A dance to the music of time
Aric Chen -- Interior Design, 9/1/2003 12:00:00 AM
"I never sit down and say, 'it's going to look like this,'" Paul Siskin explains of his work. "My favorite spaces aren't so 'decorated.' I prefer them to evolve." And that's certainly true for Siskin Valls's two-room office—750 square feet in an elegant midtown apartment building.
In Siskin's own office, a ceiling mural taken from a detail of an Italian Renaissance painting dates from the era when his late partner, Perucho Valls, called this space home. So does an English 19th-century keystone: Fitted with a spout, this fragment forms part of a sink in the foyer.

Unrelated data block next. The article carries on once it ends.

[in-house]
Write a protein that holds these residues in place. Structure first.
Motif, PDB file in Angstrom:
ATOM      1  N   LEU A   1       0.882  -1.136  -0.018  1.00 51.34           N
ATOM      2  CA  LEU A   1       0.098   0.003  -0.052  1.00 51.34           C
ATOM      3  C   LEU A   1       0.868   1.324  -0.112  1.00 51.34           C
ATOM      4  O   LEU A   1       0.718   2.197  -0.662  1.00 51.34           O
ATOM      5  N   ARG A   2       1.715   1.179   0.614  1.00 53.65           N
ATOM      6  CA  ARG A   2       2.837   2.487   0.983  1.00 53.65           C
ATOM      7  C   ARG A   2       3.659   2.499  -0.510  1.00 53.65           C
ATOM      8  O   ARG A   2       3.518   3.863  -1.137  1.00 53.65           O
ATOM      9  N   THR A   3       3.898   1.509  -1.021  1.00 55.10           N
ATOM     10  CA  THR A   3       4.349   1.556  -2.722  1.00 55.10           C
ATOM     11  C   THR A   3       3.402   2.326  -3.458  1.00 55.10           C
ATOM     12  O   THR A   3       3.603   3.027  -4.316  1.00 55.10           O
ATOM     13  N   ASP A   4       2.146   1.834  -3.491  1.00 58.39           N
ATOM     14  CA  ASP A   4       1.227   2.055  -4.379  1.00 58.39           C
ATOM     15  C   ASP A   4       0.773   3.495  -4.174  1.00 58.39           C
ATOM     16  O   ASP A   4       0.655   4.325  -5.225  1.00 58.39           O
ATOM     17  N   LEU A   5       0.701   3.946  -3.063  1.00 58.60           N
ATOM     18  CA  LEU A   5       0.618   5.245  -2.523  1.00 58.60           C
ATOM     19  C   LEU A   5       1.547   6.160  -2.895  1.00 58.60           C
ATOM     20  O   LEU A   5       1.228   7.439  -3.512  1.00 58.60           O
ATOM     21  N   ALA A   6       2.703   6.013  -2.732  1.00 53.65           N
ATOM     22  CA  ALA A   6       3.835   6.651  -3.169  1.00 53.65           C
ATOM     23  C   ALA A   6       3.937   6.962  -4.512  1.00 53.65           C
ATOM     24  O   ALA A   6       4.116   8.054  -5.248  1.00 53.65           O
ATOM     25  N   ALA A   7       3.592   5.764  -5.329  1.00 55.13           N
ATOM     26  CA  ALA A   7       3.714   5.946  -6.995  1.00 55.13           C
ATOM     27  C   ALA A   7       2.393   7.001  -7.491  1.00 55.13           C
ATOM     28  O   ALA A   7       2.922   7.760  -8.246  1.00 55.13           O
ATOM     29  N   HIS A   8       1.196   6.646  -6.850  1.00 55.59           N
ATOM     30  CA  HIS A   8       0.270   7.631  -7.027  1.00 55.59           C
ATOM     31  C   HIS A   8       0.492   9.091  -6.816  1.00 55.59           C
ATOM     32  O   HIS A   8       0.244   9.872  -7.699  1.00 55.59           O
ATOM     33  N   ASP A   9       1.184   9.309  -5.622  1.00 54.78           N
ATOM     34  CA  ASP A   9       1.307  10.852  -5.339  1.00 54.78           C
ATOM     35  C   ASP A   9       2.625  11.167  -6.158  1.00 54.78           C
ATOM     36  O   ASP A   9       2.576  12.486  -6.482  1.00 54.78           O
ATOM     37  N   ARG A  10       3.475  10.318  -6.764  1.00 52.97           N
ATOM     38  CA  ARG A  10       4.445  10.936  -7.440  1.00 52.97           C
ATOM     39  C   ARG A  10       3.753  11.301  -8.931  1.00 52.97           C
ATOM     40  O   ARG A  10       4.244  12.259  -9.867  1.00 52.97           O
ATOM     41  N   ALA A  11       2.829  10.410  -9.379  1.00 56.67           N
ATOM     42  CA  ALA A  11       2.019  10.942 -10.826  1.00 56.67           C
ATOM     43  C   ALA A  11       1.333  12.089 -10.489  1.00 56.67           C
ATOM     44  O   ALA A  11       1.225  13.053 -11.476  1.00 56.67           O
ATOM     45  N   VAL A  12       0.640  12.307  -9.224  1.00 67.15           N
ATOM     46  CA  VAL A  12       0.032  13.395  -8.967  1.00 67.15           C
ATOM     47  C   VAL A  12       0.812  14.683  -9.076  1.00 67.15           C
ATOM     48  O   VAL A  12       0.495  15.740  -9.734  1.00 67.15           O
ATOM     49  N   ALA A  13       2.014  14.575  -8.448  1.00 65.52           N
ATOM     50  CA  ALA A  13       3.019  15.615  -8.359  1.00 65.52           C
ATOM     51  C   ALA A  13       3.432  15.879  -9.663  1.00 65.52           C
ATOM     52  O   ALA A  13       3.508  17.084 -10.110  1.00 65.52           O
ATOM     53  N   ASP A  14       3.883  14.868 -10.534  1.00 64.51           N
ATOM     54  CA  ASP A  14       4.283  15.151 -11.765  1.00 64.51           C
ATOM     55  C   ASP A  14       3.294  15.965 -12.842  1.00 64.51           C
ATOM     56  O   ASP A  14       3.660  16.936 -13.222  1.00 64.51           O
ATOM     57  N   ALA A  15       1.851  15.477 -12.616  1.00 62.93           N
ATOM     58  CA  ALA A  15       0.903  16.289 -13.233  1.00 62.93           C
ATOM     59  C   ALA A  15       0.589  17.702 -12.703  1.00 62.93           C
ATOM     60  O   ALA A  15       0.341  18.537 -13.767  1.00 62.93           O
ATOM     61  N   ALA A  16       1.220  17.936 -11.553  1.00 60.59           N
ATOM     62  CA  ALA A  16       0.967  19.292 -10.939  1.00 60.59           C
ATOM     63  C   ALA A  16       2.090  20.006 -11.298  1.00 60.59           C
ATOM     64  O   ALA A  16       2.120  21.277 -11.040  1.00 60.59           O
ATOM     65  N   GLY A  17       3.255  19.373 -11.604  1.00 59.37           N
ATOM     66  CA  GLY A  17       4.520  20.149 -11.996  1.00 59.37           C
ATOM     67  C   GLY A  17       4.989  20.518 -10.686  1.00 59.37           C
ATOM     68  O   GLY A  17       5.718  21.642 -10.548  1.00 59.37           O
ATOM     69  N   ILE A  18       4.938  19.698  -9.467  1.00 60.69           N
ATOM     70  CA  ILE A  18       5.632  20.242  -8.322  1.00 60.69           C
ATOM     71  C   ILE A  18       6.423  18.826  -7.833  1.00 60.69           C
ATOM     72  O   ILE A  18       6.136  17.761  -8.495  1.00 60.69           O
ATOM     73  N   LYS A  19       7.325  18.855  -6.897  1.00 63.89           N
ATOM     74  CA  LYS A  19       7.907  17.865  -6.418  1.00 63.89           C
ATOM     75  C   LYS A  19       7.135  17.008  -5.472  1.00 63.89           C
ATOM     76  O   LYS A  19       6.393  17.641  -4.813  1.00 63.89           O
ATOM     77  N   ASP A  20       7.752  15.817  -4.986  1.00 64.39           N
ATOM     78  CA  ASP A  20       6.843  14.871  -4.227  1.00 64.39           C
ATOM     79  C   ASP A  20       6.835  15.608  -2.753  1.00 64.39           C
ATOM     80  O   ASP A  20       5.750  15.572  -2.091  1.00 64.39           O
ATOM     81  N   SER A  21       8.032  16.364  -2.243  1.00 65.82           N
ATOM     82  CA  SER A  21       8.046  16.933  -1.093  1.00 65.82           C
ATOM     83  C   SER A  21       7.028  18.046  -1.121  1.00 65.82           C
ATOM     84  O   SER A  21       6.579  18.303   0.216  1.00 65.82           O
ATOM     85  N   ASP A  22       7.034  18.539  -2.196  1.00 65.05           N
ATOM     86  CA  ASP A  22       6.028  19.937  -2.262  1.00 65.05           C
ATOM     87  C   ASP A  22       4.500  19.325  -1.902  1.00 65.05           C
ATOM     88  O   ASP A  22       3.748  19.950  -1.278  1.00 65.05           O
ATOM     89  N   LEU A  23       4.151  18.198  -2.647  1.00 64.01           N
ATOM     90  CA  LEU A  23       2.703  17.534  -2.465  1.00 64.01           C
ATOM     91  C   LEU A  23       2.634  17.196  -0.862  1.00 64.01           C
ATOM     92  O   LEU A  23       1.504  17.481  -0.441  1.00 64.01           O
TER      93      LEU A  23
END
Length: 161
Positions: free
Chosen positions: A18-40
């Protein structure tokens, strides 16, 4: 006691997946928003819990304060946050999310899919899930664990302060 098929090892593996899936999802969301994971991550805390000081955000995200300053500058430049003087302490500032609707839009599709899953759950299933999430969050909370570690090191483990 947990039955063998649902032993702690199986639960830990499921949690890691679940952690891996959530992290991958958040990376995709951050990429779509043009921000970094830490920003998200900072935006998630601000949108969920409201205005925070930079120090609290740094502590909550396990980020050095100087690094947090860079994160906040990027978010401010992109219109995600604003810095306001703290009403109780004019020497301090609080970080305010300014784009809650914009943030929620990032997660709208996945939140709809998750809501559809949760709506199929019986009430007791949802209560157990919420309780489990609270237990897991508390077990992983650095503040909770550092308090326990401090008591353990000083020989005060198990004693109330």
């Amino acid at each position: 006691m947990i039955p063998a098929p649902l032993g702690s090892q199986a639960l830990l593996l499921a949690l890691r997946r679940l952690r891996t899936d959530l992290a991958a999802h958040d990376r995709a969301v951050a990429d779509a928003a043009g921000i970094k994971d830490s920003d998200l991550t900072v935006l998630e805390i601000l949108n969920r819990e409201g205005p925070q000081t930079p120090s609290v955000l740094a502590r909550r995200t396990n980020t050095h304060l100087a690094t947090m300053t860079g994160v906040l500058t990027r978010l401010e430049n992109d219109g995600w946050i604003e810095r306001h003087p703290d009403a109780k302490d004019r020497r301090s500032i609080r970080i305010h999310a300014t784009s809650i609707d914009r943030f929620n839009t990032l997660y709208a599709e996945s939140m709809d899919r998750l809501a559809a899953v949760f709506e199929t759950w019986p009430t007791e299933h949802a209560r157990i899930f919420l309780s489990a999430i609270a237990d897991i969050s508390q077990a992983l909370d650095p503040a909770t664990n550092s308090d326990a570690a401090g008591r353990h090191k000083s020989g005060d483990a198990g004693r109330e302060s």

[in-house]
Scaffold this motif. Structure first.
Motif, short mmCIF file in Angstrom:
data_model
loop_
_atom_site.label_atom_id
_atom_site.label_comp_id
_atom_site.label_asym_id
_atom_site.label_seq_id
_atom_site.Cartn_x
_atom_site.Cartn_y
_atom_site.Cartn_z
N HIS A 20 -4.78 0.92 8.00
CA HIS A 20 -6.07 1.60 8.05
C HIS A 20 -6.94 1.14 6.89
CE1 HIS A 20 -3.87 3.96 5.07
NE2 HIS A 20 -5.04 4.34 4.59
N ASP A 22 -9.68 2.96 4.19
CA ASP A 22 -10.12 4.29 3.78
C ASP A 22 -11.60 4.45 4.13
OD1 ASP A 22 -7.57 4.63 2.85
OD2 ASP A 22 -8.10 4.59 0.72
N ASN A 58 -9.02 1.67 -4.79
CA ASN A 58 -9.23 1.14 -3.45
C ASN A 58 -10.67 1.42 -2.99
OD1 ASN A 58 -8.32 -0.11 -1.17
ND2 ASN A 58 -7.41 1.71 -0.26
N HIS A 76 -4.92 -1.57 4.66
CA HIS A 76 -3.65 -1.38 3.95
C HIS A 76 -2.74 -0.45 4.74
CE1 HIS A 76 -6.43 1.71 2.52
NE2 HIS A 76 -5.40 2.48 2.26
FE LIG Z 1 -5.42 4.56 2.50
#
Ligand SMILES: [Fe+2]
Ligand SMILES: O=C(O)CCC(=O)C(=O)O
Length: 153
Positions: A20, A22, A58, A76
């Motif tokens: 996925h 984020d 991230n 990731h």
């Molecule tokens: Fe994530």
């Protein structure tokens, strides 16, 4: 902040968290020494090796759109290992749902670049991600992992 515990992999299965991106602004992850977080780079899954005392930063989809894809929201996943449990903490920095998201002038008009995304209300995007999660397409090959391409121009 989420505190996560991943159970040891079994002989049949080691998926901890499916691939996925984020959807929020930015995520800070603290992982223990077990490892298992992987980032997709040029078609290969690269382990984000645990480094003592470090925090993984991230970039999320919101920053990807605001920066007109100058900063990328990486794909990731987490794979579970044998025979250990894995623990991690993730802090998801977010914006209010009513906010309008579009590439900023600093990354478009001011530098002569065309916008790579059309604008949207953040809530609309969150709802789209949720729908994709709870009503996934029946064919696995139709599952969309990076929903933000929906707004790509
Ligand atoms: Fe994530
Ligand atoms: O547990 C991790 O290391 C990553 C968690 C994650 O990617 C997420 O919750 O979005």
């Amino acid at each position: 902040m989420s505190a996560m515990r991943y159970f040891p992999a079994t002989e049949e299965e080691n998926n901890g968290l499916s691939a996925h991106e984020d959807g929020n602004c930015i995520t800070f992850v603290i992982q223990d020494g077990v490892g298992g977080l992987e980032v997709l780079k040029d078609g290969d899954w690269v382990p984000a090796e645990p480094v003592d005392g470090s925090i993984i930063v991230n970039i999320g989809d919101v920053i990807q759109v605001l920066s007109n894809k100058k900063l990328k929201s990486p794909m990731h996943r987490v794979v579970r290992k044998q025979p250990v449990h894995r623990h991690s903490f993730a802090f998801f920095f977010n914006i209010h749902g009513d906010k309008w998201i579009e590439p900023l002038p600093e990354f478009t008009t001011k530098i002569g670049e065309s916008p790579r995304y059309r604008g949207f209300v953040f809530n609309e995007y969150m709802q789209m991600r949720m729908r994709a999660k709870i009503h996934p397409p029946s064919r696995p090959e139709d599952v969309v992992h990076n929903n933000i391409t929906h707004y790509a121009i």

To these relics, Siskin has added more modern finishes and objects. Beneath the ceiling mural, cork walls and metallicized vinyl floor tile act as a foil for a Tulip table by Eero Saarinen and a mid-century floor lamp in silk and wire. And then there are the more eclectic items, such as the antique laboratory glass.
"I hate it when you look at a room, and it's very '70's or very '80's," says the designer, who tends to make choices based on intuition rather than style, character rather than provenance. Working this way, he explains, might be more time-consuming. But to Siskin, it appears, time is not so much a measure as a quality.